Random matrices now play a role in many areas of theoretical, applied, and computational mathematics. Therefore, it is desirable to have tools for studying random matrices that are flexible, easy to use, and powerful. Over the last fifteen years, researchers have developed a remarkable family of results, called matrix concentration inequalities, that balance these criteria. This talk offers an invitation to the field of matrix concentration inequalities and their applications.

# Past Forthcoming Seminars

We will study the l1-homology of the 2-class in one relator groups. We will see that there are many qualitative and quantitive similarities between the l1-norm of the top dimensional class and the stable commutator length of the defining relation. As an application we construct manifolds with small simplicial volume.

This work in progress is joint with Clara Loeh.

Every topological space is metrisable once the symmetry axiom is abandoned and the codomain of the metric is allowed to take values in a suitable structure tailored to fit the topology (and every completely regular space is similarly metrisable while retaining symmetry). This result was popularised in 1988 by Kopperman, who used value semigroups as the codomain for the metric, and restated in 1997 by Flagg, using value quantales. In categorical terms, each of these constructions extends to an equivalence of categories between the category Top and a category of all L-valued metric spaces (where L ranges over either value semigroups or value quantales) and the classical \epsilon-\delta notion of continuous mappings. Thus, there are (at least) two metric formalisms for topology, raising the questions: 1) is any of the two actually useful for doing topology? and 2) are the two formalisms equally powerful for the purposes of topology? After reviewing Flagg's machinery I will attempt to answer the former affirmatively and the latter negatively. In more detail, the two approaches are equipotent when it comes to point-to-point topological consideration, but only Flagg's formalism captures 'higher order' topological aspects correctly, however at a price; there is no notion of product of value quantales. En route to establishing Flagg's formalism as convenient, it will be shown that both fine and coarse variants of homology and homotopy arise as left and right Kan extensions of genuinely metrically constructed functors, and a topologically relevant notion of tensor product of value quantales, a surrogate for the non-existent products, will be described.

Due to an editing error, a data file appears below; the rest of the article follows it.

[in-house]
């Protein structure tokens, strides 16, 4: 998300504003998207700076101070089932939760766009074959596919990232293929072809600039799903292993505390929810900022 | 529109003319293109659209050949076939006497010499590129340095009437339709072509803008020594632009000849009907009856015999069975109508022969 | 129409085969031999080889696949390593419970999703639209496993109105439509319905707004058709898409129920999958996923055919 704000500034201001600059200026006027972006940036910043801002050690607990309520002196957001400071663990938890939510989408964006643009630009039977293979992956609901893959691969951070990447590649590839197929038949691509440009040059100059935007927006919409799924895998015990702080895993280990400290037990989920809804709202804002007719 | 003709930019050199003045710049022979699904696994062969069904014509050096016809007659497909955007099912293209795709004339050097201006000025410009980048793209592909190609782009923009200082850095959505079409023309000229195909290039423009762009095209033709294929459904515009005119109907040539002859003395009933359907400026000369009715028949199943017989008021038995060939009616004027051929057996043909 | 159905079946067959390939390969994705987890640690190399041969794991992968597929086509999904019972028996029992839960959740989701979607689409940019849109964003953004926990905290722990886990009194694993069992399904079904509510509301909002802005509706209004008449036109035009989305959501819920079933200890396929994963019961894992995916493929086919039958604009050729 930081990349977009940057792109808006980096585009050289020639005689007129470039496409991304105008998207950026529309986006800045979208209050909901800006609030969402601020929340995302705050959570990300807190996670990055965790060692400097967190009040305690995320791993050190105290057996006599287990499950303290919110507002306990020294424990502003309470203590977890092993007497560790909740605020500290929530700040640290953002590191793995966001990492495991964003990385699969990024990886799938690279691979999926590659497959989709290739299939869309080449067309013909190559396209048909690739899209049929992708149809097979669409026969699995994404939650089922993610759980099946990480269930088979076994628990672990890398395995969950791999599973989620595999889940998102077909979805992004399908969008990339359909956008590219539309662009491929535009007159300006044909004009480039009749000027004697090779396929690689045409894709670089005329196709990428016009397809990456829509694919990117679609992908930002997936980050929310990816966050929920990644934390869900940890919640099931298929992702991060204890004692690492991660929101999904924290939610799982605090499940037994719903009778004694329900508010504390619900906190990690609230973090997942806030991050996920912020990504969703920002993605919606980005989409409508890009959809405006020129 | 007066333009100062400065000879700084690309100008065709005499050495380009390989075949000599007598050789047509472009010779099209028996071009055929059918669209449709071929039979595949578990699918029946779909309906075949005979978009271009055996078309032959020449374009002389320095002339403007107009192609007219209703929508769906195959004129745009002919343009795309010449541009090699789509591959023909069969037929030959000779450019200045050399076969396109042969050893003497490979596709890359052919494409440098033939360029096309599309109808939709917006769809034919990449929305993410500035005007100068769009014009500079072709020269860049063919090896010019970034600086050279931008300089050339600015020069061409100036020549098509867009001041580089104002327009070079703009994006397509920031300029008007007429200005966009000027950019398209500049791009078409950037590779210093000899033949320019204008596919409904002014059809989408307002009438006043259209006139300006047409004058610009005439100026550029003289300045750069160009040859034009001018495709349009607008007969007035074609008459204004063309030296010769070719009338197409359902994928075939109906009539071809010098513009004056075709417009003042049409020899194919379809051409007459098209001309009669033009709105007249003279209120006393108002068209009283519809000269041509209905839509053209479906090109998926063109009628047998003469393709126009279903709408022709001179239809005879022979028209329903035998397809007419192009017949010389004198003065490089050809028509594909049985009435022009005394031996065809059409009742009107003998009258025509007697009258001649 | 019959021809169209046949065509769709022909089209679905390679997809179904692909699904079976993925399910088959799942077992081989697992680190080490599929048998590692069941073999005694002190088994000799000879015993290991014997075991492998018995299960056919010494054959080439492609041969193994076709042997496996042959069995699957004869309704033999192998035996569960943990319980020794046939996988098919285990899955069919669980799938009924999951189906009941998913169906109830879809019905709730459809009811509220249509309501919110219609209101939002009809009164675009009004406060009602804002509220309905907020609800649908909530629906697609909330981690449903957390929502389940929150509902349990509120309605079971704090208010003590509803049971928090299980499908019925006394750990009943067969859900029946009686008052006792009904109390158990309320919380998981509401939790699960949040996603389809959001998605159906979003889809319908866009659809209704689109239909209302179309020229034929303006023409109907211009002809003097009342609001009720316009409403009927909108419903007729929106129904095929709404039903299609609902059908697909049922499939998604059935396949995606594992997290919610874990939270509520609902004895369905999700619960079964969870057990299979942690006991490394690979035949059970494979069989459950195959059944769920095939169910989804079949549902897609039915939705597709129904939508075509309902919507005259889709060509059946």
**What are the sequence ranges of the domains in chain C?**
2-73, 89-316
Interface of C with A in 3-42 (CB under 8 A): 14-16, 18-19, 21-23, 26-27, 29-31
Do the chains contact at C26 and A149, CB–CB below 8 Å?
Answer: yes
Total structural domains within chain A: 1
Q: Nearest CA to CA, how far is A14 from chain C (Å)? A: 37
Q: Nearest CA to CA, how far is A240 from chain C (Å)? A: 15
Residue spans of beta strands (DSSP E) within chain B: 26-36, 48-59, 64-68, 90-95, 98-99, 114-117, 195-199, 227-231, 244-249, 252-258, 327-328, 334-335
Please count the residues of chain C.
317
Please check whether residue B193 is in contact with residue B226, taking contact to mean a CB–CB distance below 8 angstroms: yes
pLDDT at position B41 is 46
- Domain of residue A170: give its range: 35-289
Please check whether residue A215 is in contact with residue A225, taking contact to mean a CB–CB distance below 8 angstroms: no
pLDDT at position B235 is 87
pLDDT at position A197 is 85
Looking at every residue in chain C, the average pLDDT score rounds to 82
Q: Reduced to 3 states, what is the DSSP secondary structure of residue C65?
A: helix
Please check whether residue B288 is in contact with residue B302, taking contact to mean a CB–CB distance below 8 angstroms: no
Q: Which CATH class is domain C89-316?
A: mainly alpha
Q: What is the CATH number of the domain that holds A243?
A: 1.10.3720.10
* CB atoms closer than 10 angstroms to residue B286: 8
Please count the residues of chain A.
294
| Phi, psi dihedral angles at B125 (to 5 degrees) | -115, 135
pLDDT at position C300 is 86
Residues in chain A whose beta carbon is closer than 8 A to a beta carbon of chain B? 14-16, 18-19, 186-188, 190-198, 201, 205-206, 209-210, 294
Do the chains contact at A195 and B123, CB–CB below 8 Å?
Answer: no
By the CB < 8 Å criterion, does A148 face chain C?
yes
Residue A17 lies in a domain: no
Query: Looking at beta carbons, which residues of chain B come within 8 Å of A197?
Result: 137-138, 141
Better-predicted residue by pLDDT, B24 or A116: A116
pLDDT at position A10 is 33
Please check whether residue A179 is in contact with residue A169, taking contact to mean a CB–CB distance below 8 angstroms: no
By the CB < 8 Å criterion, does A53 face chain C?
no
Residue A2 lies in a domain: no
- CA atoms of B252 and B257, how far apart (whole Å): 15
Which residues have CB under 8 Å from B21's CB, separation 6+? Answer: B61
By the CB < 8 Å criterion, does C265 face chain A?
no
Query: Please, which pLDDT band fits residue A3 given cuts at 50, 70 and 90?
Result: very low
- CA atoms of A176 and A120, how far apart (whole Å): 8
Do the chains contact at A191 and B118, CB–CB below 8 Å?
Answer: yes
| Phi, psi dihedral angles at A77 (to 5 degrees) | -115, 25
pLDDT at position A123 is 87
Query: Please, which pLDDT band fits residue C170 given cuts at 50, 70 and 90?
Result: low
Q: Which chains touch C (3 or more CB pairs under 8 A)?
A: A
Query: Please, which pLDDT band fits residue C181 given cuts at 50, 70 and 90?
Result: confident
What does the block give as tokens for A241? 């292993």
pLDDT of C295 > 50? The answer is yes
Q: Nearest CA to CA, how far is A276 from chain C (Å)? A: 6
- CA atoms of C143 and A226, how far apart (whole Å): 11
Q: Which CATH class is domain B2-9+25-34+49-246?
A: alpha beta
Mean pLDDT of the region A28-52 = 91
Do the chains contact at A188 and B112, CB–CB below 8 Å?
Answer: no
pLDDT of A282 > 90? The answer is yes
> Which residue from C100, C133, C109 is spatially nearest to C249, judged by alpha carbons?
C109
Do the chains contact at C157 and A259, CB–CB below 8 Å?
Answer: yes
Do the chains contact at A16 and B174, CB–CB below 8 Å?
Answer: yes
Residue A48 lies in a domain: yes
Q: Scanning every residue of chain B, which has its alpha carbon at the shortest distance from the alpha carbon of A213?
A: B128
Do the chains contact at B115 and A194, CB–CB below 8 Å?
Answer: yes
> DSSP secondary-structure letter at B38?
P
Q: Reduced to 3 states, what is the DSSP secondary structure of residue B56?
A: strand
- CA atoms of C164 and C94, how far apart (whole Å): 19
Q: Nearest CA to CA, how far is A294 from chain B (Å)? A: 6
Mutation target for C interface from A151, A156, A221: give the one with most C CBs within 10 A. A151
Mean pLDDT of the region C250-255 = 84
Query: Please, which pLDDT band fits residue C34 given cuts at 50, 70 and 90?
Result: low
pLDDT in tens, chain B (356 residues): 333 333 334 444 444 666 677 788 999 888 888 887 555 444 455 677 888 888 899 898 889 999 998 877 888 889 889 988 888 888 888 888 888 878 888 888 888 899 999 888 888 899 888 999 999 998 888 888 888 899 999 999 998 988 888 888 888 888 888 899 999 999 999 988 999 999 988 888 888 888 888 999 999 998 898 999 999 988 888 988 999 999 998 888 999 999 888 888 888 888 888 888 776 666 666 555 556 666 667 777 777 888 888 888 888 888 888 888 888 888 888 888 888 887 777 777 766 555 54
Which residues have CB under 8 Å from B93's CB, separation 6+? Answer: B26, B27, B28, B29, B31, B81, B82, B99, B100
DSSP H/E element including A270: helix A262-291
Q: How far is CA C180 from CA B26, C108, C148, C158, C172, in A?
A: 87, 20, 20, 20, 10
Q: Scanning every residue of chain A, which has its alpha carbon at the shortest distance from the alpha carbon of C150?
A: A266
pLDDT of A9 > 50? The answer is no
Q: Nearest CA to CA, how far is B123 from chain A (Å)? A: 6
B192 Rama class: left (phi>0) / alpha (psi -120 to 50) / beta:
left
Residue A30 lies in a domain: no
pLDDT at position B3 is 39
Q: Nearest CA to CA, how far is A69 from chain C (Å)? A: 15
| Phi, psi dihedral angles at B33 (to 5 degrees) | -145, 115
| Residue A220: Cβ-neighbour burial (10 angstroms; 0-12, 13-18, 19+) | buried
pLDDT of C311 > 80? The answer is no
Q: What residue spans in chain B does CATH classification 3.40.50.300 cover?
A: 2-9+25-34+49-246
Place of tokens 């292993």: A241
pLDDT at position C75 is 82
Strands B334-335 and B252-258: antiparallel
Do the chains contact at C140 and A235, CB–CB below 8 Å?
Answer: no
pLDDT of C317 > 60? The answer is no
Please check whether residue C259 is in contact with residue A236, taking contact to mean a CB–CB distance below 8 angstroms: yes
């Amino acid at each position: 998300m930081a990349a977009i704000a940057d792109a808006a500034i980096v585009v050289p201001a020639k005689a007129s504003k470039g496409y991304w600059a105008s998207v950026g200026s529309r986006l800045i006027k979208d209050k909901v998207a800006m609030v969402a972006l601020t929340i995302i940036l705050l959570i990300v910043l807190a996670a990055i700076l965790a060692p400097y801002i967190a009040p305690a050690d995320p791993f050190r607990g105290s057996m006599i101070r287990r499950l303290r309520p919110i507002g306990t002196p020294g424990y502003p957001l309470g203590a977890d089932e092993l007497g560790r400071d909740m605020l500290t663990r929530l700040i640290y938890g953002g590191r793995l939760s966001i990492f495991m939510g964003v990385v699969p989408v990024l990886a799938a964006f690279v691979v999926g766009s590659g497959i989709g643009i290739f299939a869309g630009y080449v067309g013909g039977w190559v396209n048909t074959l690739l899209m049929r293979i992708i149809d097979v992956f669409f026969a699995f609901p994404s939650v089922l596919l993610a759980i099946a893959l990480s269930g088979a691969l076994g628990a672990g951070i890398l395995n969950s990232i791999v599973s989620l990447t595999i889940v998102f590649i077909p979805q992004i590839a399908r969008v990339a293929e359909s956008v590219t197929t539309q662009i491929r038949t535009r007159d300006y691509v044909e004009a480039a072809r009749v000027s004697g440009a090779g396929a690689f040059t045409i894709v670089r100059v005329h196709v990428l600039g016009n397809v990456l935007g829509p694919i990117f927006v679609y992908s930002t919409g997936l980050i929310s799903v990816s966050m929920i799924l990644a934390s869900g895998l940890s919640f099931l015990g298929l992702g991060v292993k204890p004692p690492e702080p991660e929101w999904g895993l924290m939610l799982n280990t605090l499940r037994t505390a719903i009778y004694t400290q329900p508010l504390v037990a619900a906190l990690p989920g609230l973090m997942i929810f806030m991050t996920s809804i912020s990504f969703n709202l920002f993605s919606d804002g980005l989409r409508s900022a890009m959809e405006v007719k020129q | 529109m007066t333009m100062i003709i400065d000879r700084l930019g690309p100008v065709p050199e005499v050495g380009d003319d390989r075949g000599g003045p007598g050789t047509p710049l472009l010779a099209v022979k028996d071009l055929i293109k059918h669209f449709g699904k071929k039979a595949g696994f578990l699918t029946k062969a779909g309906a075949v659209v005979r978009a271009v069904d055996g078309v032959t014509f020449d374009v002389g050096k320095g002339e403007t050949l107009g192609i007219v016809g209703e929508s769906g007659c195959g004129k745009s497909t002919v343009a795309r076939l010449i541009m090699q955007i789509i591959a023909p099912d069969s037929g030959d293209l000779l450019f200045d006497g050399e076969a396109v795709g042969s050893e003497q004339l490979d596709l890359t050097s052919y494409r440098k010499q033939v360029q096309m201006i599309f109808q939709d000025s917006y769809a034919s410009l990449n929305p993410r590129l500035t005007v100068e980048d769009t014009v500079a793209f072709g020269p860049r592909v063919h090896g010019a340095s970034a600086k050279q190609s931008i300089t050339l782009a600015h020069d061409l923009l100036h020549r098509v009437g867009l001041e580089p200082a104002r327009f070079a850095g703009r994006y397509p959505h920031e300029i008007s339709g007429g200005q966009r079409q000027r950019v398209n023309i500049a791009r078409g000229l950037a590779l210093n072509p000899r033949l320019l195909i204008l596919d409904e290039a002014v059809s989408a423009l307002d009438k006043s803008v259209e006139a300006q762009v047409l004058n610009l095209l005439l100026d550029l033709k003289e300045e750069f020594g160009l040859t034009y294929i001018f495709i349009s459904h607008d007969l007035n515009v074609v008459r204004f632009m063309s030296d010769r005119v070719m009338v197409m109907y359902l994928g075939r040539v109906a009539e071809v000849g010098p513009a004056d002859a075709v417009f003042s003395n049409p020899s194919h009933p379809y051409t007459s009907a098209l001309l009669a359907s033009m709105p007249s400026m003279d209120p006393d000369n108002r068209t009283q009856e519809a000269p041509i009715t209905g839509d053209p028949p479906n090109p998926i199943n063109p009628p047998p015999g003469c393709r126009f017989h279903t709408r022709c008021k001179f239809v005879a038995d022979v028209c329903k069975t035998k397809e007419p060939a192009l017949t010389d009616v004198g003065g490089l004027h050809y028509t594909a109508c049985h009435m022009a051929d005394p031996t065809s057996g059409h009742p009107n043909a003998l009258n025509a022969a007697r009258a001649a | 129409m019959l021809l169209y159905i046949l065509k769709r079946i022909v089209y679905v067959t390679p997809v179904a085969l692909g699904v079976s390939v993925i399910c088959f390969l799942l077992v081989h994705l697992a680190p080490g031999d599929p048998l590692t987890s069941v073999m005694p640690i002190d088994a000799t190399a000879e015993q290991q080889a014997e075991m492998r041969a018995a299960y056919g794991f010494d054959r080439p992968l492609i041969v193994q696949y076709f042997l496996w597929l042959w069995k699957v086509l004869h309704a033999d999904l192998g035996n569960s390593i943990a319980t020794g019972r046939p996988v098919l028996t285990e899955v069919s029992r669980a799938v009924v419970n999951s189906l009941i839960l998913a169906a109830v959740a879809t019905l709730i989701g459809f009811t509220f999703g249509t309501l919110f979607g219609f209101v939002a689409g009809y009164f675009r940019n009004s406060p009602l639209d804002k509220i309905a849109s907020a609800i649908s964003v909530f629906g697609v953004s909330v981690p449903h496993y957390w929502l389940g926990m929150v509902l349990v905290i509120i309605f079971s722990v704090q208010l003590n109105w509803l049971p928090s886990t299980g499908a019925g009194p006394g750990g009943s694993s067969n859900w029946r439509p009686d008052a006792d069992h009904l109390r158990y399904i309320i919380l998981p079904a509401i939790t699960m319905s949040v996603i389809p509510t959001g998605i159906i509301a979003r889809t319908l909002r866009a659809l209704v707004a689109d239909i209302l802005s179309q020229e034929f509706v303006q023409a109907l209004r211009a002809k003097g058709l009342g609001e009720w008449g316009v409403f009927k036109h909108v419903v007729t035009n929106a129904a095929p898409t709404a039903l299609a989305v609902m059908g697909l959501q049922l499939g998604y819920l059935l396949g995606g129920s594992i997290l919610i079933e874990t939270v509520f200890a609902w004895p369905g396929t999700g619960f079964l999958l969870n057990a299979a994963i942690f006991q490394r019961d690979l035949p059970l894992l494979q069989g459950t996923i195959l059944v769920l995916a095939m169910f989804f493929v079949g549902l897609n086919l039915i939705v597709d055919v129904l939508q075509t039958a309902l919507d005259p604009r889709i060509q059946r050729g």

The Czech lands were the most industrial part of the Austrian-Hungarian monarchy, broken up at the end of the WW1. As such, Czechoslovakia inherited developed industry supported by developed system of tertiary education, and Czech and German universities and technical universities, where the first chairs for applied mathematics were set up. The close cooperation with the Skoda company led to the establishment of joint research institutes in applied mathematics and spectroscopy in 1929 (1934 resp.).

The development of industry was followed by a gradual introduction of social insurance, which should have helped to settle social contracts, fight with pauperism and prevent strikes. Social insurance institutions set up mathematical departments responsible for mathematical and statistical modelling of the financial system in order to ensure its sustainability. During the 1920s and 1930s Czechoslovakia brought its system of social insurance up to date. This is connected with Emil Schoenbaum, internationally renowned expert on insurance (actuarial) mathematics, Professor of the Charles University and one of the directors of the General Institute of Pensions in Prague.

After the Nazi occupation in 1939, Czech industry was transformed to serve armament of the Wehrmacht and the social system helped the Nazis to introduce the carrot and stick policy to keep weapons production running up to early 1945. There was also strong personal discontinuity, as the Jews and political opponents either fled to exile or were brutally persecuted.